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Sachet water is most sold commodity in Nigeria – Survey

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A survey conducted by Nairametrics in Lagos, Port Harcourt and Abuja between April 14 and April 18 has revealed that sachet water, popularly known as pure water, currently sells faster than any other commodity in the micro business sector in Nigeria.

Responding to a question regarding which product customers buy most frequently at shops, all the respondents (who are shop owners) replied as if in unison that pure water is the fastest selling commodity and the most profitable.

Mama Chisom, who runs a provision shop in Orile in Lagos, told correspondents that pure water gives her the fastest turnover among all the provisions she sells.

She further said she struggles to meet up with the demand for pure water, adding that she sells a bag of pure water every 10 or 15 minutes.

She stressed that with the speed at which customers demand pure water, and the profit margin on each bag, the pure water business is the most profitable among all her stock of goods.

She said she buys a bag of pure water for N300 and sells at a rate of two for N50. “At that rate, I make a profit of N200 every 10 or 15 minutes. That is good business,” she said.

Elizabeth Akanji, also a shop owner that sells near Oyingbo Market, related a similar narrative to Nairametrics, but insisted that a bag of water does not last up to 10 minutes in her stock.

She boasted that many times she sells a bag within five minutes and makes not less than N200 profit on a bag.

The profit margin is even more in Port Harcourt, the survey reveals.

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Whereas the producers sell to distributors at the rate of N400 per bag, the retail price of a sachet of water is N50.00.

That means a profit margin of N600 on each bag of water.

According to Dieye Wilson, a small shop owner in Mile One Market, pure water is the fastest selling commodity in her shop.

She says it has always been like that. Wilson told Nairametrics, “I sell one sachet of pure water every minute. No other good in my shop sells faster than that. In fact, pure water keeps me on my toes every minute and I don’t play with it because there’s profit in the pure water business,” she stated.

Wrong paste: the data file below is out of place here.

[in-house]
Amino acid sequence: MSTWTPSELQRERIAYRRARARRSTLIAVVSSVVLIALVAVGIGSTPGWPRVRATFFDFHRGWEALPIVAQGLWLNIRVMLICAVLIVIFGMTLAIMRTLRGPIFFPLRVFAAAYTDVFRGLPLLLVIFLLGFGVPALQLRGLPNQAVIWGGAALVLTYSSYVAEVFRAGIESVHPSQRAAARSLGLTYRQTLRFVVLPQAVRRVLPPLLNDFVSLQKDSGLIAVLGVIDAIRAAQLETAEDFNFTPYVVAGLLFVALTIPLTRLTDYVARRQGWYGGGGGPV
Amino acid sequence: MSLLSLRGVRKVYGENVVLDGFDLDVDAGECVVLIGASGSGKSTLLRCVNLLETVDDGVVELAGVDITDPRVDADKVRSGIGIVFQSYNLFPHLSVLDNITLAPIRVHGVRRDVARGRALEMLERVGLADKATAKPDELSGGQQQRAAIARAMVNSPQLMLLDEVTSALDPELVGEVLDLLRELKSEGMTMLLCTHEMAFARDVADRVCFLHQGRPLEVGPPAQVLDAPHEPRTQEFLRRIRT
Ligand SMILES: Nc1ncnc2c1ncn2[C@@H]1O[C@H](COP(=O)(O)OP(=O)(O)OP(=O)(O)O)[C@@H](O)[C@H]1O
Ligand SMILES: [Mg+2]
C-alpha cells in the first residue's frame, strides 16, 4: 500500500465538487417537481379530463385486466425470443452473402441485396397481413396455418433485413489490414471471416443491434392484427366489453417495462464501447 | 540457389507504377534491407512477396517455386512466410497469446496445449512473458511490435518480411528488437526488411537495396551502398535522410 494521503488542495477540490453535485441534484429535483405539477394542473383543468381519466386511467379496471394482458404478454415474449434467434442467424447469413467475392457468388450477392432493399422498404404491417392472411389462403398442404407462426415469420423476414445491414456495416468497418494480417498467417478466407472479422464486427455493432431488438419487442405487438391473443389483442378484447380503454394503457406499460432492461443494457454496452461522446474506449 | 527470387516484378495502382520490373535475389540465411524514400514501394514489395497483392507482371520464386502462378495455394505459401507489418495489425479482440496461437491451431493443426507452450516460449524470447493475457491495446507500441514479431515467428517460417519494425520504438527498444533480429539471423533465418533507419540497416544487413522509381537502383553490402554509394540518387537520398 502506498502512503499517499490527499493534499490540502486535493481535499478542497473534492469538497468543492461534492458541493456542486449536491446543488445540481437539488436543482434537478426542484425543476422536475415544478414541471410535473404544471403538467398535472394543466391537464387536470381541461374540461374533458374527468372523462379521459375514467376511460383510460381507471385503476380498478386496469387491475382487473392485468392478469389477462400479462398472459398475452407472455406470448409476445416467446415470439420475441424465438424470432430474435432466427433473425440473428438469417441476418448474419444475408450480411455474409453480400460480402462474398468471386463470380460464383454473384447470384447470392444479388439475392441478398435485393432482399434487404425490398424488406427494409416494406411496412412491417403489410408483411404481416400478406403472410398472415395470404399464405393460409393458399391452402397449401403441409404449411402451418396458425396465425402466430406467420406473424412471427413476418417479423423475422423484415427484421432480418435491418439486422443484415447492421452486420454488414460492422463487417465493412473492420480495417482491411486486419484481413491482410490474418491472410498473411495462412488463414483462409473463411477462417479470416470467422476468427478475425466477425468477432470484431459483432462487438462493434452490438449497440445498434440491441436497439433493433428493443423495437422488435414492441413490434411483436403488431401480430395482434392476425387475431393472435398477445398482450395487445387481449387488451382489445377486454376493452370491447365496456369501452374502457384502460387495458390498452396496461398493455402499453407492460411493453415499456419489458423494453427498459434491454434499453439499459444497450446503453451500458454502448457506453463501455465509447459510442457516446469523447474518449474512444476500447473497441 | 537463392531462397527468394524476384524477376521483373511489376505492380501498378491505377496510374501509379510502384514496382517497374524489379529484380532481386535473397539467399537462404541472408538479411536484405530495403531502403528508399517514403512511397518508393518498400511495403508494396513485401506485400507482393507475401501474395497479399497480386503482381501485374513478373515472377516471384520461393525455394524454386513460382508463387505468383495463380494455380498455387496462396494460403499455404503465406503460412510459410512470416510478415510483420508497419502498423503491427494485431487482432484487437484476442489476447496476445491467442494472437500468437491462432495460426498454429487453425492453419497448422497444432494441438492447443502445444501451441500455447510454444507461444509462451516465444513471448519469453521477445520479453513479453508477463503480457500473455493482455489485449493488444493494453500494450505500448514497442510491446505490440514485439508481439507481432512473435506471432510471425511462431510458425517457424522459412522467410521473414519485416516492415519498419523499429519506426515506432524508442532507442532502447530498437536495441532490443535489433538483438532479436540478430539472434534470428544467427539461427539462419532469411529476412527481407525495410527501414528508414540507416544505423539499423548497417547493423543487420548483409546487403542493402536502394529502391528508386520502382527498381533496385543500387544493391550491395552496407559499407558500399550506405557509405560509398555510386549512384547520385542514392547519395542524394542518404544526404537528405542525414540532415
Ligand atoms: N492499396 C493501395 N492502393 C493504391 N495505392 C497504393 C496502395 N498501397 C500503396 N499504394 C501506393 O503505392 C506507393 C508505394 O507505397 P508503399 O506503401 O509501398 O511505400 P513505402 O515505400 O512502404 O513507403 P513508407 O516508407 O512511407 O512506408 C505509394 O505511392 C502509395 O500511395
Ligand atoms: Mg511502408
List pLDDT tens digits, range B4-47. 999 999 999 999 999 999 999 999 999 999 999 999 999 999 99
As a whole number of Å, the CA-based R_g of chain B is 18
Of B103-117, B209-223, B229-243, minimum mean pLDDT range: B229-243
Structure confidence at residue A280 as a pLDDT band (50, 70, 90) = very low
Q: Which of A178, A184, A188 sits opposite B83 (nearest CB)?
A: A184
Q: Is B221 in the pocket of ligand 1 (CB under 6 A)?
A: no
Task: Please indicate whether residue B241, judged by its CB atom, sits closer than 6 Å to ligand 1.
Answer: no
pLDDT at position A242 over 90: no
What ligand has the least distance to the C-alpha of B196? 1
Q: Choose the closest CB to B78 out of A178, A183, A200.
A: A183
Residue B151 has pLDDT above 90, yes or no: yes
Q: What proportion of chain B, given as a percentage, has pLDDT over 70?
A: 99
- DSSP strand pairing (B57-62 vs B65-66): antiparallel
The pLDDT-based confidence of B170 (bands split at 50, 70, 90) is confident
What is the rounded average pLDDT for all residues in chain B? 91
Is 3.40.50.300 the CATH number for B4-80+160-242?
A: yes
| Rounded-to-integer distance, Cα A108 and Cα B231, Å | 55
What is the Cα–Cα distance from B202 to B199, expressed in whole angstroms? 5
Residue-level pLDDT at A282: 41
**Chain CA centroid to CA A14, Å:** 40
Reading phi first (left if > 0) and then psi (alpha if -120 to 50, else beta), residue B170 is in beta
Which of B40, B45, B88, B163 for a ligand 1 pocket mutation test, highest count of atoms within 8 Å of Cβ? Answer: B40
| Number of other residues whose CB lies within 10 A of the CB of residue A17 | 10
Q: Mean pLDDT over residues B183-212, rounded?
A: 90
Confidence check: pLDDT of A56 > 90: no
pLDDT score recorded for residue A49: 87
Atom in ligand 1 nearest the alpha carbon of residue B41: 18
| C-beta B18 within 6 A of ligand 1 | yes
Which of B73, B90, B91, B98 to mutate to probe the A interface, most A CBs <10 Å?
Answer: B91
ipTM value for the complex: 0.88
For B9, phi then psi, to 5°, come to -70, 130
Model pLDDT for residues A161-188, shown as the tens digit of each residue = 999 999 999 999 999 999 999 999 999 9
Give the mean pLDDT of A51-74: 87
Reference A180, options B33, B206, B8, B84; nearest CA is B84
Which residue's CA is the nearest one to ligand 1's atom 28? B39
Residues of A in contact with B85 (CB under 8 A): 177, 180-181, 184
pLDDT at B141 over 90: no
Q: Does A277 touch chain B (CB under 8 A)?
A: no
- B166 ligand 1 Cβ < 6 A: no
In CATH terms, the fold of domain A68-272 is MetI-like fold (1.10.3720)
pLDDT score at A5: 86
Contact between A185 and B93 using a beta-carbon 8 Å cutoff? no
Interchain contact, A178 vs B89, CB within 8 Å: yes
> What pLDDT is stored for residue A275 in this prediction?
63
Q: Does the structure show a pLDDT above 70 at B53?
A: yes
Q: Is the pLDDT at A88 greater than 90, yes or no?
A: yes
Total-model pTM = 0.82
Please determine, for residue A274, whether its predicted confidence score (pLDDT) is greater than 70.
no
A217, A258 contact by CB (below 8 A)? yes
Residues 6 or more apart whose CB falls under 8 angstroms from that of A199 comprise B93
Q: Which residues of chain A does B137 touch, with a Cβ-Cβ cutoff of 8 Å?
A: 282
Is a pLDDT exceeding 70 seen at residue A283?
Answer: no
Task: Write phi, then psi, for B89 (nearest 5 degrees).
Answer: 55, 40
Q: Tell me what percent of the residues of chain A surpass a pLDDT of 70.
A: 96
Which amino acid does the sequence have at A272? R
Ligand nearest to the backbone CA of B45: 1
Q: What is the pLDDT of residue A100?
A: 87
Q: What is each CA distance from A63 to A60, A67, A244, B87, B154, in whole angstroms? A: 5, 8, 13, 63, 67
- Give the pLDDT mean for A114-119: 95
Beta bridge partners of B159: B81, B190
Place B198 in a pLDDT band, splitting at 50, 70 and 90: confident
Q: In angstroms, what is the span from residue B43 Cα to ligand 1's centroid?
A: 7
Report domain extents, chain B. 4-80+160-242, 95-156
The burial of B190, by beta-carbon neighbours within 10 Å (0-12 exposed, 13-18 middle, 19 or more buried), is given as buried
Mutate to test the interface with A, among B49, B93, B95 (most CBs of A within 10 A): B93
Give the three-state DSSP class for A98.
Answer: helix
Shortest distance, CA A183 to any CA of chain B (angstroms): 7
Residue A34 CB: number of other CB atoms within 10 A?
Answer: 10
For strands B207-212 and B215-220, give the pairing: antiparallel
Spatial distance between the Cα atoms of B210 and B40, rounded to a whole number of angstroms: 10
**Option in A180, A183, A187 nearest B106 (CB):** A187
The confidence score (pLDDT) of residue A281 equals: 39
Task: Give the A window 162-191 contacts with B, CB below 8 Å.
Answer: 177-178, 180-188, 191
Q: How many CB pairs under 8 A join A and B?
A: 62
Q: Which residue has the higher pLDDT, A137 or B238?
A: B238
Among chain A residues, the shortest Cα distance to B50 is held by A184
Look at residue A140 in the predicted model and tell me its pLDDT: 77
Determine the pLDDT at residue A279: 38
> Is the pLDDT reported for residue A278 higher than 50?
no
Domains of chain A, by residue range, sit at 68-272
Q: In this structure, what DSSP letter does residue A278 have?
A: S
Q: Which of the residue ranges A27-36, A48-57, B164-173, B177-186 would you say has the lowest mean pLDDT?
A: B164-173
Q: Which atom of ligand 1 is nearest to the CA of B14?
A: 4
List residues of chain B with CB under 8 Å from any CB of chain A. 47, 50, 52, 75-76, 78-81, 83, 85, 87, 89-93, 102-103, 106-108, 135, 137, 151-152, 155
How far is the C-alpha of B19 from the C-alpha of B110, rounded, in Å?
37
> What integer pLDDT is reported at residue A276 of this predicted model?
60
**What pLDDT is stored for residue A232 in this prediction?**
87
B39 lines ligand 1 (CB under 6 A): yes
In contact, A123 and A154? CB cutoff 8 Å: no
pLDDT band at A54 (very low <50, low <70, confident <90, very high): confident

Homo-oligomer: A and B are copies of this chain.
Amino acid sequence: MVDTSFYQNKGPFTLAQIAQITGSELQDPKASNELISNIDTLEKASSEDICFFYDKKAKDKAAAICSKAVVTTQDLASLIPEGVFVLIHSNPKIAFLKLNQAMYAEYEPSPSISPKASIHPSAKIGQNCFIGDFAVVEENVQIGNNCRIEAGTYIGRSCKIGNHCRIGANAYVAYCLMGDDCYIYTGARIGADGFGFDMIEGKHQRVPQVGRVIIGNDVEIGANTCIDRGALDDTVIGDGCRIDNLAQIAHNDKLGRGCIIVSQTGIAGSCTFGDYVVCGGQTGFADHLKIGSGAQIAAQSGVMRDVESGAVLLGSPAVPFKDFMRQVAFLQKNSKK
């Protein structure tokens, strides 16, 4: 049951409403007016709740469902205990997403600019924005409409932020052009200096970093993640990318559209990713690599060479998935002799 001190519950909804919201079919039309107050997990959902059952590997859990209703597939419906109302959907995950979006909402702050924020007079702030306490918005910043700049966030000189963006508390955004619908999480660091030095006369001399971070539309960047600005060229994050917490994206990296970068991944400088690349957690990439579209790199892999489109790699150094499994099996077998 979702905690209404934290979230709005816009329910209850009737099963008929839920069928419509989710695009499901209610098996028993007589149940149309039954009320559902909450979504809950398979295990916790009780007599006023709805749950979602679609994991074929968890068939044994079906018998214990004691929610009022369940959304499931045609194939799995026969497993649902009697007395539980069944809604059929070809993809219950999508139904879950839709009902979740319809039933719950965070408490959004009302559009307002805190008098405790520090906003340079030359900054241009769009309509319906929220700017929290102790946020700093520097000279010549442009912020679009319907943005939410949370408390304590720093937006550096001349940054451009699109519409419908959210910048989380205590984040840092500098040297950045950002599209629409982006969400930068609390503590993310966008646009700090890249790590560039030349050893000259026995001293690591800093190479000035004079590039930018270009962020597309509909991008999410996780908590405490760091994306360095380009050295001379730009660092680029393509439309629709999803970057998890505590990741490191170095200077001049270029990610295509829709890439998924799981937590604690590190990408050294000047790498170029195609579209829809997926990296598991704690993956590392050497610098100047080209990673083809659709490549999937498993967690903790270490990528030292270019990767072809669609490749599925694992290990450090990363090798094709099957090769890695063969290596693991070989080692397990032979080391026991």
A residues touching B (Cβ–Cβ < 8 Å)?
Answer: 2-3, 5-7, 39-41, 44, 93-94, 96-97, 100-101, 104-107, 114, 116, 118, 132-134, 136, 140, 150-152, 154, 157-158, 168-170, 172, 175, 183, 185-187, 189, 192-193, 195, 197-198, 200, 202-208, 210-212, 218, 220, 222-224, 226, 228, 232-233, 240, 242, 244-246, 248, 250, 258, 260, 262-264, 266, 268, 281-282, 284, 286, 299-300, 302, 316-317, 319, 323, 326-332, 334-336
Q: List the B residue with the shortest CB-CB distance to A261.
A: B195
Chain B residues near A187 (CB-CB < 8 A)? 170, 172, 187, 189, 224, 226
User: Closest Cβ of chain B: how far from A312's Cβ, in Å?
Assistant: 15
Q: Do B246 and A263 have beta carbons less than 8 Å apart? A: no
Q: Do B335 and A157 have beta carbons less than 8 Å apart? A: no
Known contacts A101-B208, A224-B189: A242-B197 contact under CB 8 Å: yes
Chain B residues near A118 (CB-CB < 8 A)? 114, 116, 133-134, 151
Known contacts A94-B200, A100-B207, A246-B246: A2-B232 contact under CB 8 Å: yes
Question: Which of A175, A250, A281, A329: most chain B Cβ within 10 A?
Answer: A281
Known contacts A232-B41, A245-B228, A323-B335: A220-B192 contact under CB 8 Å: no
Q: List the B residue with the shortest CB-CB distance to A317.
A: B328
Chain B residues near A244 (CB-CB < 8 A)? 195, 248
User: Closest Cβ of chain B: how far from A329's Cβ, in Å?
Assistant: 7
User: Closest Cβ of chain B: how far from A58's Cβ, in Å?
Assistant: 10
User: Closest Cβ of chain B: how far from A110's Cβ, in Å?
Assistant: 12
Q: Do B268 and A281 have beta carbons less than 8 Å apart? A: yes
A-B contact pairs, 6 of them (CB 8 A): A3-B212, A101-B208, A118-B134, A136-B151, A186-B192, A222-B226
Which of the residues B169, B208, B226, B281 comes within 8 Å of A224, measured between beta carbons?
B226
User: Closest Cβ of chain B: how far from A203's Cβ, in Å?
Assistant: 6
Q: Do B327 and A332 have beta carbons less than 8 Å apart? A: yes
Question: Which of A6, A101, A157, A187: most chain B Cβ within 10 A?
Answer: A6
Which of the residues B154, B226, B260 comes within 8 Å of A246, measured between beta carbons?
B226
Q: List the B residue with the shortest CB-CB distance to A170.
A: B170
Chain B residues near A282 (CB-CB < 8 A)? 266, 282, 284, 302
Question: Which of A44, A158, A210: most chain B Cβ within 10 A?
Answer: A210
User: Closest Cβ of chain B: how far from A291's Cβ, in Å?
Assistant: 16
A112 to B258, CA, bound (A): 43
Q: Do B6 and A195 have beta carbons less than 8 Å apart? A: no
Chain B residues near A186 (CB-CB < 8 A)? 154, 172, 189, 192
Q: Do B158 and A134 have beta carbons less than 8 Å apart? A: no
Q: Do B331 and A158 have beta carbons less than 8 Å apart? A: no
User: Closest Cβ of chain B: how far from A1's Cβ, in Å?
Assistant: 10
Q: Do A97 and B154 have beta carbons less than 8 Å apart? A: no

Esther Ogamba, who owns a provision store in Sand Filled, Port Harcourt, also agreed that pure water is the fastest selling commodity in her stock of goods.

She explained that business is never bad with pure water, especially during the dry season.

“Even when business is poor with other commodities, pure water is always on the fast lane, especially during the dry season,” she told Nairametrics in a telephone interview.

In Abuja, where the profit margin for a bag of pure water is also N600, the speed at which a bag is sold for is incomparable to any other product at shops, according to Usman, who runs a kiosk shop near Utako Market.

Usman said he buys a bag of water from the producers at the rate of N400 and sells each sachet at the rate of N50.

In a phone conversation, he said he sells a bag of water at most every 30 minutes, stressing that pure water is the most demanded product in his shop.

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But a street hawker in the same vicinity, Sarah, asserted that she hawks only sachet water at Arap Junction, and makes more than N7,000 daily.

“From my daily sales, I feed my family and send my two children to school. It is good business,” she said.

The result of a survey conducted by the Department of Community Medicine, University of Jos, has noted that during the dry season about 70% of Nigerian adults drink, at least, a sachet of water per day.

The survey showed that respondents sourced their drinking water from multiple sources, with sachet water being the most predominant (93.1%).

Other sources were: municipal tap water supply (45.0%), bottled water (34.2%), rain water (19.7%), boreholes (19.4%), wells (14.4%) and streams (0.6%).

Respondents were asked whether their use of sachet water had increased in the last five years, to which 62.4% of the respondents said “yes” and 37.6% that said “no”.

Those who said yes attributed it to scarcity of alternative sources of potable water, increase in the household population and easy accessibility of sachet water.

The modal average daily intake of sachet water was 3.

Among respondents using sachet water, reasons given for its use include its cheaper cost compared to other forms of packaged water, safety, lack of availability of other safe sources, National Food and Drug Administration and Control (NAFDAC) approval and its portability.

The perception of the safety of sachet water commodity rose by 68%.

Responding, Dr. Aloysius Akpan, an economist, said water is a necessity of life. “Since Nigeria lacks potable water, it is only natural that substitutes like sachet water that can be monitored for health considerations will fill that gap.

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“I reckon that more than 300 million of sachet water are consumed by Nigerians daily,” he said.


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